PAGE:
Shaking off a prolonged impact from the recession, fundamentals are gradually improving in all of the major commercial real estate sectors, according to the National Association of Realtors quarterly commercial real estate forecast. The apartment rental sector has fully recovered and is growing.

The findings also are confirmed in NAR’s recent quarterly Commercial Real Estate Market Survey, which collects data from members about market activity.

Lawrence Yun, NAR chief economist, said new jobs are the key. “Ongoing job creation, which is at a higher level this year, is fueling an underlying demand for commercial real estate space, assisted by a steady increase in consumer spending,” he said. “The pattern shows gradually declining commercial vacancy rates, with consequential but generally modest rent growth.”

Yun expects the economy to add 2 to 2.5 million jobs both this year and in 2013, on the heels of 1.7 million new jobs in 2011, assuming a new federal budget is passed before the end of the year. “Although we need even stronger job growth, by far the greatest impact of job creation is in multifamily housing, where newly formed households striking out on their own have increased demand for apartment rentals – this is the sector with the lowest vacancy rates and strongest rent growth, which is attracting many investors.”

Rising apartment rents also are having a positive impact on home sales because many long-time renters now view homeownership as a better long-term option, Yun noted.

A large problem remains for purchases of commercial property priced under $2.5 million. “Our recent commercial lending survey shows that there is very little capital available for small business, which is significantly impacting commercial real estate transactions, although funding is less restrictive for bigger properties.”

NAR’s latest Commercial Real Estate Outlook1 offers projections for four major commercial sectors and analyzes quarterly data in the office, industrial, retail and multifamily markets. Historic data for metro areas were provided by REIS, Inc.,2 a source of commercial real estate performance information.

Office Markets

Vacancy rates in the office sector are projected to fall from 16.3 percent in the second quarter of this year to 16.0 percent in the second quarter of 2013.

The markets with the lowest office vacancy rates presently are Washington, D.C., with a vacancy rate of 9.3 percent; New York City, at 10.0 percent; and New Orleans, 12.6 percent.

Office rents should increase 2.0 percent this year and 2.5 percent in 2013. Net absorption of office space in the U.S., which includes the leasing of new space coming on the market as well as space in existing properties, is forecast at 24.7 million square feet in 2012 and 48.0 million next year.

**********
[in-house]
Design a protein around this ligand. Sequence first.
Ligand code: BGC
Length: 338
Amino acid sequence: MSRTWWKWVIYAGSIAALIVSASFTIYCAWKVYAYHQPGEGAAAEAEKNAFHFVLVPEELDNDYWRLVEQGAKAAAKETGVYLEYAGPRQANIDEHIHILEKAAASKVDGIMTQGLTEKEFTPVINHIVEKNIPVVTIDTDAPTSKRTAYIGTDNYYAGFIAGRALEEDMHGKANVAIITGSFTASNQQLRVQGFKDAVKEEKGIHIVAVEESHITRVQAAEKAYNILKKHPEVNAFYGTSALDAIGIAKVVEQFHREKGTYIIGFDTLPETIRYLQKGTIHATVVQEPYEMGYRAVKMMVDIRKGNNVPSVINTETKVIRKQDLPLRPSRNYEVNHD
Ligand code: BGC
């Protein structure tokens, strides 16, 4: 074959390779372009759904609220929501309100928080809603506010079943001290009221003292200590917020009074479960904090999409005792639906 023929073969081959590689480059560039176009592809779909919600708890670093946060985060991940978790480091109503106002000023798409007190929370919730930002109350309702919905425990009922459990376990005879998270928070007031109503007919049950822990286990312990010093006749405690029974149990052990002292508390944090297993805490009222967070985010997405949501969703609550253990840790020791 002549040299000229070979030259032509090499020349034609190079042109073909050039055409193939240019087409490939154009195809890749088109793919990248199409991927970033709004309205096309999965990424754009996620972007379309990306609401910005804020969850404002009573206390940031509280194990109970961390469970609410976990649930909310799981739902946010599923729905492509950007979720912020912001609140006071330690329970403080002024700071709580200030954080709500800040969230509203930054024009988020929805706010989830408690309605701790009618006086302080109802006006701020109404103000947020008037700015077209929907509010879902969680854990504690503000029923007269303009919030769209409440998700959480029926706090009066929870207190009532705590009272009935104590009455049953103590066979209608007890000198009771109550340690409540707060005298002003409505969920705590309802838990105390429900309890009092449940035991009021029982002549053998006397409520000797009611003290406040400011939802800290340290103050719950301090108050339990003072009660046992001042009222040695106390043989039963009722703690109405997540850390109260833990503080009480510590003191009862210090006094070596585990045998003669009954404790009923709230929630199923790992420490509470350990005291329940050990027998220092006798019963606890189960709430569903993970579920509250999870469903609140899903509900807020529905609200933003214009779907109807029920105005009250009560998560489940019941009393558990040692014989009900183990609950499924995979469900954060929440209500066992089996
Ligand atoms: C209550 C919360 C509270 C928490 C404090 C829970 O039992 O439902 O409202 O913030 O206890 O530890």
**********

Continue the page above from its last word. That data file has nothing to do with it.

Industrial Markets

Industrial vacancy rates are likely to decline from 11.0 percent in the current quarter to 10.7 percent in the second quarter of 2013.

The areas with the lowest industrial vacancy rates currently are Orange County, Calif., with a vacancy rate of 4.7 percent; Los Angeles, 5.0 percent; and Miami at 7.2 percent.

Annual industrial rent is expected to rise 1.6 percent in 2012 and 2.4 percent next year. Net absorption of industrial space nationally is seen at 44.1 million square feet this year and 62.4 million in 2013.

Retail Markets

Retail vacancy rates are forecast to decline from 11.3 percent in the second quarter to 10.7 percent in the second quarter of 2013.

Presently, markets with the lowest retail vacancy rates include San Francisco, 3.7 percent; Fairfield County, Conn., at 4.0 percent; and Long Island, N.Y., at 5.0 percent.

Average retail rent should rise 0.8 percent this year and 1.3 percent in 2013. Net absorption of retail space is projected at 8.0 million square feet this year and 21.9 million in 2013.

Multifamily Markets

The apartment rental market – multifamily housing – is likely to see vacancy rates drop from 4.5 percent in the second quarter to 4.3 percent in the second quarter of 2013; apartment vacancy rates below 5 percent generally are considered a landlord’s market with demand justifying higher rents.

Areas with the lowest multifamily vacancy rates currently are New York City, 2.1 percent; Portland, Ore., at 2.3 percent; and Minneapolis at 2.4 percent.

After rising 2.2 percent last year, average apartment rent is expected to increase 4.0 percent in 2012 and another 4.1 percent next year. “Such a rent increase will raise the core consumer inflation rate. The Federal Reserve, in turn, may be forced to raise interest rates, possibly as early as late 2013.”

Multifamily net absorption is forecast at 215,900 units this year and 230,300 in 2013.

The Commercial Real Estate Outlook is published by the NAR Research Division for the commercial community. NAR’s Commercial Division, formed in 1990, provides targeted products and services to meet the needs of the commercial market and constituency within NAR.